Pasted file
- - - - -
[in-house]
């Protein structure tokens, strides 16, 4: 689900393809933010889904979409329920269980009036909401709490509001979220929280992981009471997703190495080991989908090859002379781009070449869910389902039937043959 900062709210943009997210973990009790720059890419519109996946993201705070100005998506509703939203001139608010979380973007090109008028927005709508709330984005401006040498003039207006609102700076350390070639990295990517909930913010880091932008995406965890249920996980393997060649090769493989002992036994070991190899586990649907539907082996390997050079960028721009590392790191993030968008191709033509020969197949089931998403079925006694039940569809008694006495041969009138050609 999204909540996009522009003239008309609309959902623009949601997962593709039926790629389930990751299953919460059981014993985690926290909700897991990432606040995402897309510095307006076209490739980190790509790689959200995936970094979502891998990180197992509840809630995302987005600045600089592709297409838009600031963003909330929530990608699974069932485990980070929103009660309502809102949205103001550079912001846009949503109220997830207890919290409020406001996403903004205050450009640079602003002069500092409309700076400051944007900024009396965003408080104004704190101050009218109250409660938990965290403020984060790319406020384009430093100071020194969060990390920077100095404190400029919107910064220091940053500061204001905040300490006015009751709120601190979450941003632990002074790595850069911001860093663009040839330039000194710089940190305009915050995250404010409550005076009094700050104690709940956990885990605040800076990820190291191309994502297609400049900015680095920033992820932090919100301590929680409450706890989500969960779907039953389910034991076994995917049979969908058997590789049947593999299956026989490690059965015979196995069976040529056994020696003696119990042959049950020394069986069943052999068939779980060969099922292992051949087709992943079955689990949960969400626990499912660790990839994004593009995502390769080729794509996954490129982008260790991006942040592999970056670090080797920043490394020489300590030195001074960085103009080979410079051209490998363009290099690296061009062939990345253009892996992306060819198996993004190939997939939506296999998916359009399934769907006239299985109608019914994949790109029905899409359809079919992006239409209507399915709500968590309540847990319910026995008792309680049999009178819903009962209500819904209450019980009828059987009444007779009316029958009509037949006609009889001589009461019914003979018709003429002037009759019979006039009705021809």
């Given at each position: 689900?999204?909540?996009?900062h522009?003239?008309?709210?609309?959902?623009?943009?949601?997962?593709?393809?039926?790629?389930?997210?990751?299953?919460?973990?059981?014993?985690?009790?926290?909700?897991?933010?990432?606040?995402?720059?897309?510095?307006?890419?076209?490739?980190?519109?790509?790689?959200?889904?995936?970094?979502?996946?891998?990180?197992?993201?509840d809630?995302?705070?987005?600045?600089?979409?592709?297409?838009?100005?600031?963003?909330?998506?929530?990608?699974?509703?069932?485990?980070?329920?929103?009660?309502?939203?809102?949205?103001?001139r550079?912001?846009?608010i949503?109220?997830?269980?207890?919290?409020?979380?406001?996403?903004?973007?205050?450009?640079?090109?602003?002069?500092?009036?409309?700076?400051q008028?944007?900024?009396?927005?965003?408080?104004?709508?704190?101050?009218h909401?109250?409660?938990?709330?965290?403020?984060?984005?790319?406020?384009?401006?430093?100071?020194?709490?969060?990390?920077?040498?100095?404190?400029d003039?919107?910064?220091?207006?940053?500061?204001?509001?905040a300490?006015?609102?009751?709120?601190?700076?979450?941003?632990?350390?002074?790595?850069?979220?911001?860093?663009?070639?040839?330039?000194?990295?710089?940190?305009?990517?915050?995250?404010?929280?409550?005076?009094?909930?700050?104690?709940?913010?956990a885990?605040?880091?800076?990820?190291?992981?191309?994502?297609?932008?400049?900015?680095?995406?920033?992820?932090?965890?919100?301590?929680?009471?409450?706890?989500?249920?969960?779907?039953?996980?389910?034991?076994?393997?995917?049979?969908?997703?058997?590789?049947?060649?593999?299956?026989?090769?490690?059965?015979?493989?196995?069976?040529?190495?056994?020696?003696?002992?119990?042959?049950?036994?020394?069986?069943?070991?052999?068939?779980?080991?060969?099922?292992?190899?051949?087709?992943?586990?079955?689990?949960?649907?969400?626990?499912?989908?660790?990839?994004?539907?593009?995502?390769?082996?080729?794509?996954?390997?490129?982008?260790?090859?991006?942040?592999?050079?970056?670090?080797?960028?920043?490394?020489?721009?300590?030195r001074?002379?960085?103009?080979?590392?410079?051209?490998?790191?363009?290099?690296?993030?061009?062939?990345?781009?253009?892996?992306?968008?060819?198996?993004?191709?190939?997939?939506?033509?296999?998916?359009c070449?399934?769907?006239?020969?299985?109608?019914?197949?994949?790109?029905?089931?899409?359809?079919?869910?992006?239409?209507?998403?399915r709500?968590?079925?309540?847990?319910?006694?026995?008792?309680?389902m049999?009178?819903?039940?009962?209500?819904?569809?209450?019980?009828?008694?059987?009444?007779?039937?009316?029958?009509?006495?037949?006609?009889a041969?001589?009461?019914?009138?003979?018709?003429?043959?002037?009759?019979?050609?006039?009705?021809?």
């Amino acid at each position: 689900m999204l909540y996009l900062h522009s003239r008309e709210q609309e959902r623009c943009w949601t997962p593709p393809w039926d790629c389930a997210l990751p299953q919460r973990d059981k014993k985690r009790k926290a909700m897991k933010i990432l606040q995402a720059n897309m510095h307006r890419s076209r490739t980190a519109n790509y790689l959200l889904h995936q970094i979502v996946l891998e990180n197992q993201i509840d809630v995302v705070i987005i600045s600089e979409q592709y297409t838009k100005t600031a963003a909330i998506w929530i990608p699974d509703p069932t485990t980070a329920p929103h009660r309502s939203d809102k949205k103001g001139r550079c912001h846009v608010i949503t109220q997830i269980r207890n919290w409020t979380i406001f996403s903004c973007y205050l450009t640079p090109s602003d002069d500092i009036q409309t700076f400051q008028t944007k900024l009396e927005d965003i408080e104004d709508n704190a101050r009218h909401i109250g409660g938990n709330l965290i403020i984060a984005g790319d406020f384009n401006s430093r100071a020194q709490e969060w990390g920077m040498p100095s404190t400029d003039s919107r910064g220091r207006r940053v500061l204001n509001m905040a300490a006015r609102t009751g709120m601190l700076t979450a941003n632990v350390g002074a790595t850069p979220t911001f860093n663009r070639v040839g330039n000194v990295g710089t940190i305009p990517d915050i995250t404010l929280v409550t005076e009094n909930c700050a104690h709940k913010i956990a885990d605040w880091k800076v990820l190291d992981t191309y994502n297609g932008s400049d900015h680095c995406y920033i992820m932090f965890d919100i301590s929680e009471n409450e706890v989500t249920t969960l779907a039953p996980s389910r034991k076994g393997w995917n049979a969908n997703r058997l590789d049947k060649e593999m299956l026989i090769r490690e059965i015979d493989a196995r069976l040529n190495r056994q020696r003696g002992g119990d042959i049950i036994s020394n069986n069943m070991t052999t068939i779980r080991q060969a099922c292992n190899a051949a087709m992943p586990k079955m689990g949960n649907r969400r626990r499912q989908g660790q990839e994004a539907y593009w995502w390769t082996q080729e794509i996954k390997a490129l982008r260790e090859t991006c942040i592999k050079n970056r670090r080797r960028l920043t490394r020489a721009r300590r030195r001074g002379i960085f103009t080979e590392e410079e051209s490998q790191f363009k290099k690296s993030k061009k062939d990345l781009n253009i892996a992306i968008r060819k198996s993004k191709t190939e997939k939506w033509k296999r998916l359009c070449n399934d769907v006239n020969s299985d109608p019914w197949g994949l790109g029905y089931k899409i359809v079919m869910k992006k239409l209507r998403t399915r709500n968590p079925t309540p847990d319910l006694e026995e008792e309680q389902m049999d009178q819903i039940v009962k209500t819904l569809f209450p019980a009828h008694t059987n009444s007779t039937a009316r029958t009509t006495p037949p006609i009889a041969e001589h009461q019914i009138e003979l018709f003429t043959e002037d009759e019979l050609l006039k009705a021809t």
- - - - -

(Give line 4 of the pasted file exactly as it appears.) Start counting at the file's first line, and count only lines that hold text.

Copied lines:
């Amino acid at each position: 689900m999204l909540y996009l900062h522009s003239r008309e709210q609309e959902r623009c943009w949601t997962p593709p393809w039926d790629c389930a997210l990751p299953q919460r973990d059981k014993k985690r009790k926290a909700m897991k933010i990432l606040q995402a720059n897309m510095h307006r890419s076209r490739t980190a519109n790509y790689l959200l889904h995936q970094i979502v996946l891998e990180n197992q993201i509840d809630v995302v705070i987005i600045s600089e979409q592709y297409t838009k100005t600031a963003a909330i998506w929530i990608p699974d509703p069932t485990t980070a329920p929103h009660r309502s939203d809102k949205k103001g001139r550079c912001h846009v608010i949503t109220q997830i269980r207890n919290w409020t979380i406001f996403s903004c973007y205050l450009t640079p090109s602003d002069d500092i009036q409309t700076f400051q008028t944007k900024l009396e927005d965003i408080e104004d709508n704190a101050r009218h909401i109250g409660g938990n709330l965290i403020i984060a984005g790319d406020f384009n401006s430093r100071a020194q709490e969060w990390g920077m040498p100095s404190t400029d003039s919107r910064g220091r207006r940053v500061l204001n509001m905040a300490a006015r609102t009751g709120m601190l700076t979450a941003n632990v350390g002074a790595t850069p979220t911001f860093n663009r070639v040839g330039n000194v990295g710089t940190i305009p990517d915050i995250t404010l929280v409550t005076e009094n909930c700050a104690h709940k913010i956990a885990d605040w880091k800076v990820l190291d992981t191309y994502n297609g932008s400049d900015h680095c995406y920033i992820m932090f965890d919100i301590s929680e009471n409450e706890v989500t249920t969960l779907a039953p996980s389910r034991k076994g393997w995917n049979a969908n997703r058997l590789d049947k060649e593999m299956l026989i090769r490690e059965i015979d493989a196995r069976l040529n190495r056994q020696r003696g002992g119990d042959i049950i036994s020394n069986n069943m070991t052999t068939i779980r080991q060969a099922c292992n190899a051949a087709m992943p586990k079955m689990g949960n649907r969400r626990r499912q989908g660790q990839e994004a539907y593009w995502w390769t082996q080729e794509i996954k390997a490129l982008r260790e090859t991006c942040i592999k050079n970056r670090r080797r960028l920043t490394r020489a721009r300590r030195r001074g002379i960085f103009t080979e590392e410079e051209s490998q790191f363009k290099k690296s993030k061009k062939d990345l781009n253009i892996a992306i968008r060819k198996s993004k191709t190939e997939k939506w033509k296999r998916l359009c070449n399934d769907v006239n020969s299985d109608p019914w197949g994949l790109g029905y089931k899409i359809v079919m869910k992006k239409l209507r998403t399915r709500n968590p079925t309540p847990d319910l006694e026995e008792e309680q389902m049999d009178q819903i039940v009962k209500t819904l569809f209450p019980a009828h008694t059987n009444s007779t039937a009316r029958t009509t006495p037949p006609i009889a041969e001589h009461q019914i009138e003979l018709f003429t043959e002037d009759e019979l050609l006039k009705a021809t």